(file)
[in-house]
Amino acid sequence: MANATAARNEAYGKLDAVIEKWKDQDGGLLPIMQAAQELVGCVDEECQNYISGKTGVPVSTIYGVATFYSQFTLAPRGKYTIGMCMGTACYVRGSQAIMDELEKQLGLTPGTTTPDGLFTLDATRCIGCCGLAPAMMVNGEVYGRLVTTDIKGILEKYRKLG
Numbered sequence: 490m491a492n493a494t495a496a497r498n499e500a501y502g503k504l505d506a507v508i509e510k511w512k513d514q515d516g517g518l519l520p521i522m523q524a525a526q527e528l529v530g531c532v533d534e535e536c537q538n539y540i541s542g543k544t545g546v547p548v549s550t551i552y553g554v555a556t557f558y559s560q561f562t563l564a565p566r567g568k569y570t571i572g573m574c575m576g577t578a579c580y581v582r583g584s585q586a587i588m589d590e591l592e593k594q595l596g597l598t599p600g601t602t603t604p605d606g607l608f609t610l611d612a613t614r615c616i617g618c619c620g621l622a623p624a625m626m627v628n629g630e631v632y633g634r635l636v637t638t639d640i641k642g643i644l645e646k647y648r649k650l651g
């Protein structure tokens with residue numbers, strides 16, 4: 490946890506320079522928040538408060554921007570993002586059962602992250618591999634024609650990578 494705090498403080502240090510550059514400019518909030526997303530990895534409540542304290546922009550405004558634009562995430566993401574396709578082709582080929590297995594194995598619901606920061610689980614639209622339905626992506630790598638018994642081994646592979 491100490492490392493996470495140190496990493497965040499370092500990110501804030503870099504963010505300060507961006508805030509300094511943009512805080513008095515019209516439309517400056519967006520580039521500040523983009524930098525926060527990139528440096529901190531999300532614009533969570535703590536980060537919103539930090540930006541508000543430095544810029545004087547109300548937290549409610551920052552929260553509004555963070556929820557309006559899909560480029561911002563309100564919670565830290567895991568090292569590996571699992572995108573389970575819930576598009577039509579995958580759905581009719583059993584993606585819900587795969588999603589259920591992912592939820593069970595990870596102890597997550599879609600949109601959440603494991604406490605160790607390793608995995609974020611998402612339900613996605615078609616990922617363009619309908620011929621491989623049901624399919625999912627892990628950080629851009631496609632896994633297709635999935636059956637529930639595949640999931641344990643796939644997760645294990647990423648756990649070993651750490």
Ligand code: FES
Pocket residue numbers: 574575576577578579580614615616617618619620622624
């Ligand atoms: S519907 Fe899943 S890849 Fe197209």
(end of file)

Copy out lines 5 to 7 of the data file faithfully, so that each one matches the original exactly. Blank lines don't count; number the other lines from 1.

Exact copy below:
Ligand code: FES
Pocket residue numbers: 574575576577578579580614615616617618619620622624
């Ligand atoms: S519907 Fe899943 S890849 Fe197209």